Alberta is divided into 87 constituencies–groups of voters in specific areas of the province. During a provincial election, the candidate in each constituency who wins the highest number of votes becomes the Member of the Legislative Assembly (MLA) for that constituency. The leader of the political party with the most winning candidates becomes the Premier of Alberta. The premier and ministers form the government.
See a current list of proposed legislation.
The Speech from the Throne opens each new session of the Legislature and outlines the broad goals and direction for government.
The Lieutenant Governor
The Lieutenant Governor is the Queen's representative in Alberta. Constitutional duties of the Lieutenant Governor include ensuring the province always has a Premier so that there’s continuity in governance, opening and closing each Legislature Session, and granting Royal Assent to measures and Bills passed by the Assembly to give them the force of law.
The Honourable Lois Mitchell, CM, AOE, is the Lieutenant Governor of Alberta.
The Legislature is the provincial equivalent of Canada's Parliament. Alberta's Legislature is made up of the Lieutenant Governor and a single body of elected representatives called the Legislative Assembly. The Premier and Cabinet, like their federal counterparts, belong to the political party with the most elected members in the Assembly.
By law, a provincial general election must be held every 5 years, but may be held sooner. In a general election, Albertans from across the province vote on who they want to represent them in the Legislative Assembly.
Sometimes a seat in the Legislative Assembly is vacated before the next provincial election. When this happens, a by-election is called. A by-election is an election held in one constituency only. The winner of the by-election becomes the new MLA for that constituency until the next general election.
The Premier is the head of the Government of Alberta. The leader of the political party with the most seats in the Legislative Assembly becomes the Premier. While the Premier doesn’t need to be an MLA to lead the province, they do need to be an MLA to sit in the Legislature and participate in debate. As head of Executive Council, the Premier chooses cabinet ministers from among elected members of the governing party.
The Honorable Rachel Notley is the Premier of Alberta, and President of Executive Council.
Executive Council Office
The Executive Council Office provides support to the Premier and the members of Executive Council. It ensures effective strategic planning and coordinated policy development across government, and engagement of Albertans. The office is led by the Deputy Minister of Executive Council.
The Cabinet is the framework in which members of Executive Council put government policies into practice. Cabinet ministers are MLAs in charge of specific government ministries. Beyond approving Orders in Council, Cabinet ratifies policy matters and is the final authority on issues related to the day-to-day operation of government. The Premier chairs Cabinet.
The Speaker directs debates and proceedings in the Legislative Assembly. The Speaker is an elected MLA. At the beginning of the first Legislative session after an election, all MLAs vote for the Speaker by secret ballot.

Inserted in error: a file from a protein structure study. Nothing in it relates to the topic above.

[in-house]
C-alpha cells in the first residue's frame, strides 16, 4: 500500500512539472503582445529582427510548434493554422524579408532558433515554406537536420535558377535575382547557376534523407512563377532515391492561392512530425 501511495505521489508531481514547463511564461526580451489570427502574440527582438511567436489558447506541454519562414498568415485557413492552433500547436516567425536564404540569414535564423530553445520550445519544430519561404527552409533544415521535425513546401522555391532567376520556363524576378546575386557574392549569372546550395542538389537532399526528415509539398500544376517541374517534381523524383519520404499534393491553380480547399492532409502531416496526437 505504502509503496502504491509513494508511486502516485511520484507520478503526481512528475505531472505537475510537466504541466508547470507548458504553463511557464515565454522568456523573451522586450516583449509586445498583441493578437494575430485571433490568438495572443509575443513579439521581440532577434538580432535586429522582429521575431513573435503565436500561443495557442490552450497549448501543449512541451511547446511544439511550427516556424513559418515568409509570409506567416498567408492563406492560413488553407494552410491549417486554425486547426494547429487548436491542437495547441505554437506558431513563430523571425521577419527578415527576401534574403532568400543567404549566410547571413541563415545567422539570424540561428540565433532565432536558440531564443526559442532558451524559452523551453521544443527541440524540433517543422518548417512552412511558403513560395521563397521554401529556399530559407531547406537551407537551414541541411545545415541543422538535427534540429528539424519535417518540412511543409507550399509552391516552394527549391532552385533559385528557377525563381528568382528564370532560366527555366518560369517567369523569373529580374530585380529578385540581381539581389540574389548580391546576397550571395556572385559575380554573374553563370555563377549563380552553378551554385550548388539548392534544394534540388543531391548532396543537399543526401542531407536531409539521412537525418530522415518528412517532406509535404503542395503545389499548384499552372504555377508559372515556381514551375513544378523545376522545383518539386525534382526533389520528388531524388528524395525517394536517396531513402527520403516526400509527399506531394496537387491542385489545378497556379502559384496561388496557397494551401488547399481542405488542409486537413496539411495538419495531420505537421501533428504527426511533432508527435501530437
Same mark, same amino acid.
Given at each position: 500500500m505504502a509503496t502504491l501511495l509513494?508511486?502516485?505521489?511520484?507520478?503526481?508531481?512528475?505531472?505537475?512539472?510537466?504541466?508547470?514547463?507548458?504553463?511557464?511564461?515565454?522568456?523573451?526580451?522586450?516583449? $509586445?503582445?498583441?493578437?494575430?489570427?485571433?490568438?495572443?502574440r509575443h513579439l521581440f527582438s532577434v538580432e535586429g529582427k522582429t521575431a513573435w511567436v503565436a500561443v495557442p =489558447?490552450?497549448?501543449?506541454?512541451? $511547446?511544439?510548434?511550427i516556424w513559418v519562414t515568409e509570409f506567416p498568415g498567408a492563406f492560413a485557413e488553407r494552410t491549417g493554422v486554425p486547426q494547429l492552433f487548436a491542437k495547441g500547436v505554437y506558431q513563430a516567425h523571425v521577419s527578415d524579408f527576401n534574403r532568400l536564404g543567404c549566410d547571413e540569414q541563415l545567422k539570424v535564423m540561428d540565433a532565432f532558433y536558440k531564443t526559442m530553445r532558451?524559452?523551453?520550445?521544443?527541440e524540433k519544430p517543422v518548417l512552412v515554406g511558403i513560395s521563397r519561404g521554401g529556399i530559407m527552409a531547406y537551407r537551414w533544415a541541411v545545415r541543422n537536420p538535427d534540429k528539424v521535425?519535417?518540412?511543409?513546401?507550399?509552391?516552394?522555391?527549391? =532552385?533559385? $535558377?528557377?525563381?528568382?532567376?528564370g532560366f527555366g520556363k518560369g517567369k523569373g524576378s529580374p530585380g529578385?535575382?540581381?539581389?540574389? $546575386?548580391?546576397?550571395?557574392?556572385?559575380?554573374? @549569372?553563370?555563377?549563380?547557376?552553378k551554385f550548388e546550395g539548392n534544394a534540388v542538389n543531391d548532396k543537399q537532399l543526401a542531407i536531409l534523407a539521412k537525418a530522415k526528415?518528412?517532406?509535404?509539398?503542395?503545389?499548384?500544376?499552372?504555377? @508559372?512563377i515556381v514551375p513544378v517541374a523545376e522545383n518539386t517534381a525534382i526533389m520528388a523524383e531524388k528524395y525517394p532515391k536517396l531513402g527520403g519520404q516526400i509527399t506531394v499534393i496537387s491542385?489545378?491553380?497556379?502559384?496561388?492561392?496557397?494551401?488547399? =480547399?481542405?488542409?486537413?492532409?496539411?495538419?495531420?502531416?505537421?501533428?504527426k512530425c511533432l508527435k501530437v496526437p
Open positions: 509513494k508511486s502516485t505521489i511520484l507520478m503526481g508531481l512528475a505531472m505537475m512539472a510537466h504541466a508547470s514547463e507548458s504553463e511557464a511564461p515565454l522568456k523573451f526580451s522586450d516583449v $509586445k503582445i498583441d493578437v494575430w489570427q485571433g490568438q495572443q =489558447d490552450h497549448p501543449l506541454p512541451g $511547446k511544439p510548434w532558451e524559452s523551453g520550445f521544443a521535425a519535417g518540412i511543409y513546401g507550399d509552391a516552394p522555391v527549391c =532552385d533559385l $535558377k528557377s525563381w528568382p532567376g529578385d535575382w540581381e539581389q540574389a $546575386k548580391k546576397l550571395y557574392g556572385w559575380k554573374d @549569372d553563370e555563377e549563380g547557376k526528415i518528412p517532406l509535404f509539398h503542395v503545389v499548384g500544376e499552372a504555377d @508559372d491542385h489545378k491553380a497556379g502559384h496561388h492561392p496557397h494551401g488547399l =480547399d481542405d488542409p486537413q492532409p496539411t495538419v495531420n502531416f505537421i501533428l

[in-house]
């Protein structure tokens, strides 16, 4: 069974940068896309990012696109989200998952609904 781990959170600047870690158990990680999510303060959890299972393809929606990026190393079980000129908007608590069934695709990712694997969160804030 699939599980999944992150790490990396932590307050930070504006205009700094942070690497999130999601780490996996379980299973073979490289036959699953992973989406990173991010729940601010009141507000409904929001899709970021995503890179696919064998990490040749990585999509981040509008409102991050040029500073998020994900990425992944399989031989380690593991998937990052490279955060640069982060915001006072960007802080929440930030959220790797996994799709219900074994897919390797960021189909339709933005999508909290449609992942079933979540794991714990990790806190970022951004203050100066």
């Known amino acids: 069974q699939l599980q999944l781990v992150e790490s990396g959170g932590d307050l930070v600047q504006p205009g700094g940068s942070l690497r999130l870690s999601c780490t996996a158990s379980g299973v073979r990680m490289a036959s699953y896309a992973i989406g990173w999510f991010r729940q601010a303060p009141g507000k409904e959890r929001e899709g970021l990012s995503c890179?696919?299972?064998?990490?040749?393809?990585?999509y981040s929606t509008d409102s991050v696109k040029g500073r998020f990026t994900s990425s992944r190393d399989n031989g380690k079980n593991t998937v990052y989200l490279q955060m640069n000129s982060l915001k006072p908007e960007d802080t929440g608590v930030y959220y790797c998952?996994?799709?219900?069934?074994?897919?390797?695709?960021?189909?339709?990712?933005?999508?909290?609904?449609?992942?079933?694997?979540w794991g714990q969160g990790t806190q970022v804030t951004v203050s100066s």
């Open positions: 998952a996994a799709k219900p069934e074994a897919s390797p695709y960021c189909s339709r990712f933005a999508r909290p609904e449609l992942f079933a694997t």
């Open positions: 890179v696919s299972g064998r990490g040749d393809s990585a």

The speaker of the Legislature is Robert E. Wanner.
The Opposition is made up of MLAs who aren’t part of the governing party. The role of the Opposition is to critique government activity, propose improvements to legislation, and present itself to the public as an alternative to the party in office. Alberta currently has 4 opposition parties. The Wildrose Party has the most opposition seats in the Assembly and is called the Official Opposition. The Progressive Conservative Association of Alberta, the Alberta Liberal Party, and the Alberta Party also sit in opposition.
Members of the Legislative Assemby
Members of the Legislative Assembly (MLAs) are elected by Albertans to make the laws we live by in this province. Each MLA represents a constituency. MLAs selected by the Premier to represent ministries are referred to as cabinet ministers. Those who aren’t in Cabinet are referred to as private members, or caucus members of their particular political party. In the province's last general election, held on May 5, 2015, Albertans elected MLAs to 87 seats.
20 Ministries currently make up the Alberta government. These departments deliver the programs and services mandated by Alberta’s laws. Each ministry is headed by a deputy minister, a member of the Alberta public service who in turn reports to a minister, an elected official and member of Cabinet.
Public agencies are boards, commissions, tribunals or other organizations established by government, but not part of a government department. They work alongside ministries to deliver programs and services. Alberta’s Agency Governance Secretariat helps ensure Alberta government agencies are well governed.
Government committees review policy decisions, long-range strategic priorities, legislation and regulations. These committees include: Treasury Board, Economic Policy Committee, Legislative Review Committee, and Social Policy Committee.
Alberta’s public service is made up of over 27,000 government employees throughout the province. Each works for one of 20 ministries, or a public agency. They perform the legal, policy, administrative and practical duties needed to deliver programs and services to Albertans.